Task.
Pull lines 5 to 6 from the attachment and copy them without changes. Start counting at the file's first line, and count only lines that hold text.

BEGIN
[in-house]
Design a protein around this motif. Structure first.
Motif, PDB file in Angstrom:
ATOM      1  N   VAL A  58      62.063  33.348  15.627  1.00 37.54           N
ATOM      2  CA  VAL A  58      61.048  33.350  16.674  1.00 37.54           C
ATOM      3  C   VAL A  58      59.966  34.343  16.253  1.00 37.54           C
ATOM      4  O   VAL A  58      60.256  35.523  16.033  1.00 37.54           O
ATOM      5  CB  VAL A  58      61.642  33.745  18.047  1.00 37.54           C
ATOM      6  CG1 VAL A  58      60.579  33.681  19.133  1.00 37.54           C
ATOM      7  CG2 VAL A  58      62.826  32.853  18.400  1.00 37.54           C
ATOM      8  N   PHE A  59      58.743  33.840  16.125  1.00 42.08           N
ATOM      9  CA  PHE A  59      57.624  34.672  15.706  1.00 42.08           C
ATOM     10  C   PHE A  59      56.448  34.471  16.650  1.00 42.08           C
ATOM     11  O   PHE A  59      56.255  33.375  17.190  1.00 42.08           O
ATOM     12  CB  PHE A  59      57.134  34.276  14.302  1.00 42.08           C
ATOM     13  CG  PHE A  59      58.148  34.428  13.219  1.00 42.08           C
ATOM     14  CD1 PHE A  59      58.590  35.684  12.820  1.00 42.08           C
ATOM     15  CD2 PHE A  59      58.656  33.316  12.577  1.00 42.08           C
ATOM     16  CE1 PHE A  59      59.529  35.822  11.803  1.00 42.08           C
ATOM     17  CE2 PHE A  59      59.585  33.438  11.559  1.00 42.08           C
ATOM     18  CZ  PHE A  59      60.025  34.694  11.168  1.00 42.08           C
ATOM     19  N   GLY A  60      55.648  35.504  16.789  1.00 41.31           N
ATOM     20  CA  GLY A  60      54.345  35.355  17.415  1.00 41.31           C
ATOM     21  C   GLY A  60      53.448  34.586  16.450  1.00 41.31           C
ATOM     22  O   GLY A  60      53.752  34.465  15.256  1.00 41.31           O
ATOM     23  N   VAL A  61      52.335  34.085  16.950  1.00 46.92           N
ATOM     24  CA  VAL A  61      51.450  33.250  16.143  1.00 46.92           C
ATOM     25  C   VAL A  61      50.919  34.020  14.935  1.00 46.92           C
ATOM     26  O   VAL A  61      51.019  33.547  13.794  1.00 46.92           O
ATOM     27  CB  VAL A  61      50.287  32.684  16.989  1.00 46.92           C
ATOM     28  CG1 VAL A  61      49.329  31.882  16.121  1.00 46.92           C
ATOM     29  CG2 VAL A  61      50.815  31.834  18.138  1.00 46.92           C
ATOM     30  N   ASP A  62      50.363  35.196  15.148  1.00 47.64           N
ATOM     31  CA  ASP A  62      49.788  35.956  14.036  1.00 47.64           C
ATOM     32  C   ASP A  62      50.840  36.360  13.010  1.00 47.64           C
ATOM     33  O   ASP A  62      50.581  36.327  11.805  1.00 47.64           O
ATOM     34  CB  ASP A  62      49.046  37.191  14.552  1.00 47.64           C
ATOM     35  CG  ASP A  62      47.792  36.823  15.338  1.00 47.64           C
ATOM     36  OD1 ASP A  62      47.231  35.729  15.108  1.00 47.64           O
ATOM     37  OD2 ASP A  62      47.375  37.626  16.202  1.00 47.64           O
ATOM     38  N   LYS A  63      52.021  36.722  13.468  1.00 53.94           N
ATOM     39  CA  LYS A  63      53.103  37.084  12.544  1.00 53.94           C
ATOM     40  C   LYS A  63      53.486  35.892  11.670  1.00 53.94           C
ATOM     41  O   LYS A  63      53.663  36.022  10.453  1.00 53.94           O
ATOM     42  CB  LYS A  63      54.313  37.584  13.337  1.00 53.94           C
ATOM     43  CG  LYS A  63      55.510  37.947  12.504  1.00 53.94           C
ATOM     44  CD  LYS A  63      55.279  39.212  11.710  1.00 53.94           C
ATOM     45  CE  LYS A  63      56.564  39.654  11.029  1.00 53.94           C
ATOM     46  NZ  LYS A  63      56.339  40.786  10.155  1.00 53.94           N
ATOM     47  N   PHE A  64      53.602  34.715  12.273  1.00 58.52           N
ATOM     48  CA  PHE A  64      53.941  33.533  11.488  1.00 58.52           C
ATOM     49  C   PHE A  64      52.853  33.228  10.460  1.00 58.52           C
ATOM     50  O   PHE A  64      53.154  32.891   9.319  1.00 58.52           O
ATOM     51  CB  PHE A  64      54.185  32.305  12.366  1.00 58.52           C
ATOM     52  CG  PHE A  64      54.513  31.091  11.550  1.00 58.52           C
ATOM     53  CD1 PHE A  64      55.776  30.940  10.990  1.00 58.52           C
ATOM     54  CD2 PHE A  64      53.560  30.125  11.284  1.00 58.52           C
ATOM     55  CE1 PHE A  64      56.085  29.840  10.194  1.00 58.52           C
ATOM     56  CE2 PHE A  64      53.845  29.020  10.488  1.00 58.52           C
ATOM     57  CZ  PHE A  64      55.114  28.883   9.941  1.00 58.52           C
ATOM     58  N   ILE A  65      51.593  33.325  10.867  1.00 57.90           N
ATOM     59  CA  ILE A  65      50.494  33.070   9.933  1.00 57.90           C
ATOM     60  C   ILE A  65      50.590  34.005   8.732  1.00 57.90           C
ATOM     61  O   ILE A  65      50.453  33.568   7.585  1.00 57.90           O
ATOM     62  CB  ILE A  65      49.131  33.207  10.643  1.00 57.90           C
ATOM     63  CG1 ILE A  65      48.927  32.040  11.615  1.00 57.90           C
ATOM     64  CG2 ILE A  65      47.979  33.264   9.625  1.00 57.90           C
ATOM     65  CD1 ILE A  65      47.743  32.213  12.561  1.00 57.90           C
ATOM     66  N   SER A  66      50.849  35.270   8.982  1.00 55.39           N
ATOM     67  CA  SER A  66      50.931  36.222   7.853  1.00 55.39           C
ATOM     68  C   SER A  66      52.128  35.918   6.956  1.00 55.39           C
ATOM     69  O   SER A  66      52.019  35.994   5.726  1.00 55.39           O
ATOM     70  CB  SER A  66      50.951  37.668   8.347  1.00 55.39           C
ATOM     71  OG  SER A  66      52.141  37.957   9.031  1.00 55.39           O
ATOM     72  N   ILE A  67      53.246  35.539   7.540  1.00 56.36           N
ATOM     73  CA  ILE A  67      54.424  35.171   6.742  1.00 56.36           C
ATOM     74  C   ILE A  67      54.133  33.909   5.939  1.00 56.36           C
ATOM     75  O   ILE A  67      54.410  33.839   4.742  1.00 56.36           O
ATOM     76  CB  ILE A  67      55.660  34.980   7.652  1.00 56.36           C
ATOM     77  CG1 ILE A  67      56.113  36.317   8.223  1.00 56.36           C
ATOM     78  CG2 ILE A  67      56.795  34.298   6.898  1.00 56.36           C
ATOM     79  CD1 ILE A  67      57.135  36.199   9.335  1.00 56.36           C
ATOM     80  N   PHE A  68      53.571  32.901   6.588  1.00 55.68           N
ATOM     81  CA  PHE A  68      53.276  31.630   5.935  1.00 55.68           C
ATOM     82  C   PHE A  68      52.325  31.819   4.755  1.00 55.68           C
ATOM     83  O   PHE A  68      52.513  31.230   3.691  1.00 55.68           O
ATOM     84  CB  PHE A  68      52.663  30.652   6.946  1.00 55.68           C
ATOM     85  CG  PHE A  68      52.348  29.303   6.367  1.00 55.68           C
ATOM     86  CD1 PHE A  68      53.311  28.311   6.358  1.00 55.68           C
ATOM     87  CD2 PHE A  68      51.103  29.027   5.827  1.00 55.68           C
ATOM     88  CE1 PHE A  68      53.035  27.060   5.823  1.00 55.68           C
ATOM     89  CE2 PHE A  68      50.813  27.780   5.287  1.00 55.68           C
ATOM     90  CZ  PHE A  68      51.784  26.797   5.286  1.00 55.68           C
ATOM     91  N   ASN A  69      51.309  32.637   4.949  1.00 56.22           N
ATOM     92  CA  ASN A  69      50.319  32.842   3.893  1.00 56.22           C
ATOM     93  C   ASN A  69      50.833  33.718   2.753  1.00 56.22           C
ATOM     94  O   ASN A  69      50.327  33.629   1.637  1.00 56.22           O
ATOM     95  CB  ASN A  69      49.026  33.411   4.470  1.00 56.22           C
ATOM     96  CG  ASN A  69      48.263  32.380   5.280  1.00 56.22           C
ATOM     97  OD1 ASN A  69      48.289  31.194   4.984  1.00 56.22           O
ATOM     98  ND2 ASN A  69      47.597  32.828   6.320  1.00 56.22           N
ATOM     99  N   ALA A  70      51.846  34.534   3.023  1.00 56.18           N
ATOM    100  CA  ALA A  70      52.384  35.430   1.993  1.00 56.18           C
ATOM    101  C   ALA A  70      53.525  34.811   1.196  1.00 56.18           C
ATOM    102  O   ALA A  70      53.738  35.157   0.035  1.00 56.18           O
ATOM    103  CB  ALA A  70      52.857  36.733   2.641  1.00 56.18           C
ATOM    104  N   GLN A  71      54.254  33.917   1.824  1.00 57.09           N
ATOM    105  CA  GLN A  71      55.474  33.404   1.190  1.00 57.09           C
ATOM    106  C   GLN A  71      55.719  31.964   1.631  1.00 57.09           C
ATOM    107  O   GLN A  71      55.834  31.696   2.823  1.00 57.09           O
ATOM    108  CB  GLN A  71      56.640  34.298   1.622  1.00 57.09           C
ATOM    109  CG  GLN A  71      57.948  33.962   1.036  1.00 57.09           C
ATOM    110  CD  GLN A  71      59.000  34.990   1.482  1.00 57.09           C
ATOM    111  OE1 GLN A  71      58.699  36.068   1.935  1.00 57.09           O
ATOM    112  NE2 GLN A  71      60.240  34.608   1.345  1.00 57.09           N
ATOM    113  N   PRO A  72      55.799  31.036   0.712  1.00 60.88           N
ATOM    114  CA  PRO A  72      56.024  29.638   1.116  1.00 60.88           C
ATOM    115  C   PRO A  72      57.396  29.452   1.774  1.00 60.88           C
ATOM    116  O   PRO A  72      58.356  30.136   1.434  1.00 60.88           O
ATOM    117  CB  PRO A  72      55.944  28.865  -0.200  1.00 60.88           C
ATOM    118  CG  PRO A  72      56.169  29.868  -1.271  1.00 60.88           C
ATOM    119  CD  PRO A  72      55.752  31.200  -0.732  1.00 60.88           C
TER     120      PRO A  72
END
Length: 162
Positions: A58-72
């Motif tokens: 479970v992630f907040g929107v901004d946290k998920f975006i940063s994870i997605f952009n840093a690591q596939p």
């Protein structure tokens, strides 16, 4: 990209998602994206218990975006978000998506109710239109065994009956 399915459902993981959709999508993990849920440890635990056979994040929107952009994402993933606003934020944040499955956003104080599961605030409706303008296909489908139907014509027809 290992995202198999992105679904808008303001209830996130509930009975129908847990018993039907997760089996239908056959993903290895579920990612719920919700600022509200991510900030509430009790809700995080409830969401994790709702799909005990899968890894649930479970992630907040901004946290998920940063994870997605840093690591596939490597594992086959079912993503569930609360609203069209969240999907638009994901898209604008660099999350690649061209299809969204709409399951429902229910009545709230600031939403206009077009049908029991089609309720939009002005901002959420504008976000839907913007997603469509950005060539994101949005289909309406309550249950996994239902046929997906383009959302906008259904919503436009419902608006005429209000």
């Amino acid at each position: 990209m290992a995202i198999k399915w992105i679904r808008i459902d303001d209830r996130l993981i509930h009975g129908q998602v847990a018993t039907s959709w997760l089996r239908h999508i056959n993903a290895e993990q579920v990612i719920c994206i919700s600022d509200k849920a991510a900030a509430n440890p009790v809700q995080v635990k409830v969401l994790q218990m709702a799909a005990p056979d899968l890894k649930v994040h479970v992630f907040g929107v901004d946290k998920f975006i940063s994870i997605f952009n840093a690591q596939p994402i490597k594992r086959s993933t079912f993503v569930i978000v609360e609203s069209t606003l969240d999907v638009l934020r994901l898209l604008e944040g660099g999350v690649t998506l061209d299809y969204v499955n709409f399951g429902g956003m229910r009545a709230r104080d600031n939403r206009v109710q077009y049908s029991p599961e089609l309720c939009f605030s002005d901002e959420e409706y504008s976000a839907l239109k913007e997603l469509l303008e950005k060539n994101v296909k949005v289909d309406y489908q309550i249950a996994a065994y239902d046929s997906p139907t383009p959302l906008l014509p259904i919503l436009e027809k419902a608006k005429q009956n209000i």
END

ATOM      2  CA  VAL A  58      61.048  33.350  16.674  1.00 37.54           C
ATOM      3  C   VAL A  58      59.966  34.343  16.253  1.00 37.54           C